American Dictionary of the English Language

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FRIEND'SHIP, noun frend'ship.

1. An attachment to a person, proceeding from intimate acquaintance, and a reciprocation of kind offices, or from a favorable opinion of the amiable and respectable qualities of his mind. friendship differs from benevolence, which is good will to mankind in general, and from that love which springs from animal appetite. True friendship is a noble and virtuous attachment, springing from a pure source, a respect for worth or amiable qualities. False friendship may subsist between bad men, as between thieves and pirates. This is a temporary attachment springing from interest, and may change in a moment to enmity and rancor.

There can be no friendship without confidence, and no confidence without integrity.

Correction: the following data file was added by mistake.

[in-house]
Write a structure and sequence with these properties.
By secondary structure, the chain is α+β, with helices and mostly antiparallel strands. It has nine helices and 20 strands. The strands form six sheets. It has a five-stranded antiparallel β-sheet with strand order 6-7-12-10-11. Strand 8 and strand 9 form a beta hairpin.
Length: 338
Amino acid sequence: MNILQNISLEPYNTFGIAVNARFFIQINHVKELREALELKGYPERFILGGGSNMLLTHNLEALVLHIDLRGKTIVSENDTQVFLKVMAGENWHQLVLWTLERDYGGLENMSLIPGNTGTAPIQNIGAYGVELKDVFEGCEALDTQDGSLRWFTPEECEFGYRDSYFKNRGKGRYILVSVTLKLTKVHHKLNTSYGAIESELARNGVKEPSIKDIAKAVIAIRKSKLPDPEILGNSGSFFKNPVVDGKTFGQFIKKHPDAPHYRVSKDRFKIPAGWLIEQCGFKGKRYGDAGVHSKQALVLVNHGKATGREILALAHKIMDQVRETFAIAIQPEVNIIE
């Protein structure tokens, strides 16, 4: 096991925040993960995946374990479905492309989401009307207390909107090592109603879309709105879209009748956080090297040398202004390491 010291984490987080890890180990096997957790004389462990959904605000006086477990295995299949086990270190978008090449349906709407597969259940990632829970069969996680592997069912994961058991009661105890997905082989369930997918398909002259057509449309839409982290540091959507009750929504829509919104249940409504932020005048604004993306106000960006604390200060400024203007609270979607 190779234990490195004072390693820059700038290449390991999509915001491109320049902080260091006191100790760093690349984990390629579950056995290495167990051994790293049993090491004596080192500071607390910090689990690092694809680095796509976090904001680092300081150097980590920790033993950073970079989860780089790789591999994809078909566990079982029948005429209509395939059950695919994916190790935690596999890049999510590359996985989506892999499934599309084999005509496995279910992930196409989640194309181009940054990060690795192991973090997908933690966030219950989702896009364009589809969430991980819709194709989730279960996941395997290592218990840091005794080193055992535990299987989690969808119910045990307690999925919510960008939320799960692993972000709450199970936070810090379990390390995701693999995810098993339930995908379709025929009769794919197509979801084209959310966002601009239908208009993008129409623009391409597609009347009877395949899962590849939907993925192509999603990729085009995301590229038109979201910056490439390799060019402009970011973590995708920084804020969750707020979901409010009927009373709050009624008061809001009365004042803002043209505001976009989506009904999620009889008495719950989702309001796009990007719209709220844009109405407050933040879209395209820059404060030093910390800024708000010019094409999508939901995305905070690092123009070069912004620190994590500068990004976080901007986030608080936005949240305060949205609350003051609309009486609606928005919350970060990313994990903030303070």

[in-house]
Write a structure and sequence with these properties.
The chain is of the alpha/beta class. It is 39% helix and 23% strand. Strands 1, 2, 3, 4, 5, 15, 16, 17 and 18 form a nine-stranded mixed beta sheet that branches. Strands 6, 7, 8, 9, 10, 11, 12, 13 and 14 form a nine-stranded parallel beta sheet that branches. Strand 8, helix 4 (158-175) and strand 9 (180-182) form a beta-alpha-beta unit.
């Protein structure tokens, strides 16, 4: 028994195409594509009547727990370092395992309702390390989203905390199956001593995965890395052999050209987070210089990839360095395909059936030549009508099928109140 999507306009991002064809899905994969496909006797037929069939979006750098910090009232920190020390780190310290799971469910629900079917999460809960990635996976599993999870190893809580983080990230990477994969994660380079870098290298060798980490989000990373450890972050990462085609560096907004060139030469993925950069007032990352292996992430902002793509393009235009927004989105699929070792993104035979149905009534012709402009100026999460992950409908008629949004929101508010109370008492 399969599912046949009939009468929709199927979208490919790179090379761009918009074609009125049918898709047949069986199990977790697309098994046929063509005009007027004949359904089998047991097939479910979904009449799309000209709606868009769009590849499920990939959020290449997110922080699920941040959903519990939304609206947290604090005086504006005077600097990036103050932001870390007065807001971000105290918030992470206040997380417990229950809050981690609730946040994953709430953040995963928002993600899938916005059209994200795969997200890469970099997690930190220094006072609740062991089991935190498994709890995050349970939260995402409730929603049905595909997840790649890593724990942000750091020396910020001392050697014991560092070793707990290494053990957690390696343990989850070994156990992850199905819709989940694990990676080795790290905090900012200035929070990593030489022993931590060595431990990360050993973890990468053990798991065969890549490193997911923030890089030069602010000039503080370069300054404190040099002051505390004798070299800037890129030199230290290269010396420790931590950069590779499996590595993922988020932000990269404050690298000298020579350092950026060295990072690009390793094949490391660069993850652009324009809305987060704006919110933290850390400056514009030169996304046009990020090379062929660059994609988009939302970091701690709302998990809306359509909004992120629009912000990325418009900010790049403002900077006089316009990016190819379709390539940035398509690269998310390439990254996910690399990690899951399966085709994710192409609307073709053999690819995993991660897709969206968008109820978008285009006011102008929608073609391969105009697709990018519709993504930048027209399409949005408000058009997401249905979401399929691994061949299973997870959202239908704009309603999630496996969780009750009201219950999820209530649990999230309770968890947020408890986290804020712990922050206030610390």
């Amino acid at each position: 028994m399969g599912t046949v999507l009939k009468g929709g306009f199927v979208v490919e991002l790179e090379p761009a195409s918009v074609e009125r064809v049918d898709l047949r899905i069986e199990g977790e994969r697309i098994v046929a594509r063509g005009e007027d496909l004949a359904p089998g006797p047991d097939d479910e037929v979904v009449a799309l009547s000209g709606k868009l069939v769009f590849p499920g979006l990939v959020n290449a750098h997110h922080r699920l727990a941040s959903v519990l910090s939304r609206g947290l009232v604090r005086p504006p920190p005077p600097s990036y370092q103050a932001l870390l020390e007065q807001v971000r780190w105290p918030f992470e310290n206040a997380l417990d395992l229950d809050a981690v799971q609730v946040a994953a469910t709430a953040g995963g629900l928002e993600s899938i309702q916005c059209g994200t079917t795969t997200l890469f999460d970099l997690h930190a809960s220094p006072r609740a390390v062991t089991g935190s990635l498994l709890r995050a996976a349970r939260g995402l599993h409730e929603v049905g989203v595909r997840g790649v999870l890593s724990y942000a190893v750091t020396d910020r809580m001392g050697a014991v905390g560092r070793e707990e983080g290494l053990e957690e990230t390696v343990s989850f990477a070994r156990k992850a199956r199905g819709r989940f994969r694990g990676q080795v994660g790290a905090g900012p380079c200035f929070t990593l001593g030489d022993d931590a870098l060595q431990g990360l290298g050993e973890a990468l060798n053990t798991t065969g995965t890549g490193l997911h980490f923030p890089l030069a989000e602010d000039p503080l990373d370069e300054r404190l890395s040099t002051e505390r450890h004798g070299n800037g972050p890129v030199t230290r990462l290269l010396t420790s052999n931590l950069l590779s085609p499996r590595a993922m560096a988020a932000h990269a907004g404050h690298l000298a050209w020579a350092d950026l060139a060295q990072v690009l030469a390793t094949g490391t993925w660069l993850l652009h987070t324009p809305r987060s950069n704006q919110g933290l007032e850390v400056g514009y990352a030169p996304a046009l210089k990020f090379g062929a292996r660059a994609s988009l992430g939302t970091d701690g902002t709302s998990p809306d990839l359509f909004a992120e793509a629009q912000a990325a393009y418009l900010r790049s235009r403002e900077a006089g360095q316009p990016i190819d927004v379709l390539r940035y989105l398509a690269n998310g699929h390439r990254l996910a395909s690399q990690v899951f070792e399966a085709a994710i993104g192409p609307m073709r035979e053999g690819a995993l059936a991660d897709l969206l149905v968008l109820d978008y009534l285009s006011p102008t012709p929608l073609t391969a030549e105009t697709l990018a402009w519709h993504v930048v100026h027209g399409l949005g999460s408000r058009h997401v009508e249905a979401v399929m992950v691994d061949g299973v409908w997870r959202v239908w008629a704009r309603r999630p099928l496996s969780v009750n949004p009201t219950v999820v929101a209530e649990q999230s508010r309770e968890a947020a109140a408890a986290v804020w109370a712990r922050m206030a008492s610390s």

There is little friendship in the world.

The first law of friendship is sincerity.

2. Mutual attachment; intimacy.

If not in friendship live at least in peace.

3. Favor; personal kindness.

His friendships, still a few confined, were always of the middling kind.

4. Friendly aid; help; assistance.

5. Conformity; affinity; correspondence; aptness to unite.

We know those colors which have a friendship with each other.

[Not common and hardly legitimate.]